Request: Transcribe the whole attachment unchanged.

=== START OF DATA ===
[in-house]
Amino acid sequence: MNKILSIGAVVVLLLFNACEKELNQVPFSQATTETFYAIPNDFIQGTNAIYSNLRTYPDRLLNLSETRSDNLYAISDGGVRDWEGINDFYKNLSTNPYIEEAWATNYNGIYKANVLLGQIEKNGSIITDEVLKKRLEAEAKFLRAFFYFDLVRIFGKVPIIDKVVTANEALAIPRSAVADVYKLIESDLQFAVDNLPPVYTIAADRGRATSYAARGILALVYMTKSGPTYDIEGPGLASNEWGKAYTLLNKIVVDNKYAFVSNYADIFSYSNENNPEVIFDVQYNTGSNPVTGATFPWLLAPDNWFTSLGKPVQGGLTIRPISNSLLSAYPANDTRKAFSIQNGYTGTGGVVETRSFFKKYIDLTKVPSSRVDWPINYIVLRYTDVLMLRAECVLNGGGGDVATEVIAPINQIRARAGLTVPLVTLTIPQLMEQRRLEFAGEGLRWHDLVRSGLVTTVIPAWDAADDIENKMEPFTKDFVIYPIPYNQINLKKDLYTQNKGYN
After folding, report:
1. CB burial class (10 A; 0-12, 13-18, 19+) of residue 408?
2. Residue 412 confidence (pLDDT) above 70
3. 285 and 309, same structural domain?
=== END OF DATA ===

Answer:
[in-house]
Amino acid sequence: MNKILSIGAVVVLLLFNACEKELNQVPFSQATTETFYAIPNDFIQGTNAIYSNLRTYPDRLLNLSETRSDNLYAISDGGVRDWEGINDFYKNLSTNPYIEEAWATNYNGIYKANVLLGQIEKNGSIITDEVLKKRLEAEAKFLRAFFYFDLVRIFGKVPIIDKVVTANEALAIPRSAVADVYKLIESDLQFAVDNLPPVYTIAADRGRATSYAARGILALVYMTKSGPTYDIEGPGLASNEWGKAYTLLNKIVVDNKYAFVSNYADIFSYSNENNPEVIFDVQYNTGSNPVTGATFPWLLAPDNWFTSLGKPVQGGLTIRPISNSLLSAYPANDTRKAFSIQNGYTGTGGVVETRSFFKKYIDLTKVPSSRVDWPINYIVLRYTDVLMLRAECVLNGGGGDVATEVIAPINQIRARAGLTVPLVTLTIPQLMEQRRLEFAGEGLRWHDLVRSGLVTTVIPAWDAADDIENKMEPFTKDFVIYPIPYNQINLKKDLYTQNKGYN
After folding, report:
1. CB burial class (10 A; 0-12, 13-18, 19+) of residue 408?
2. Residue 412 confidence (pLDDT) above 70
3. 285 and 309, same structural domain?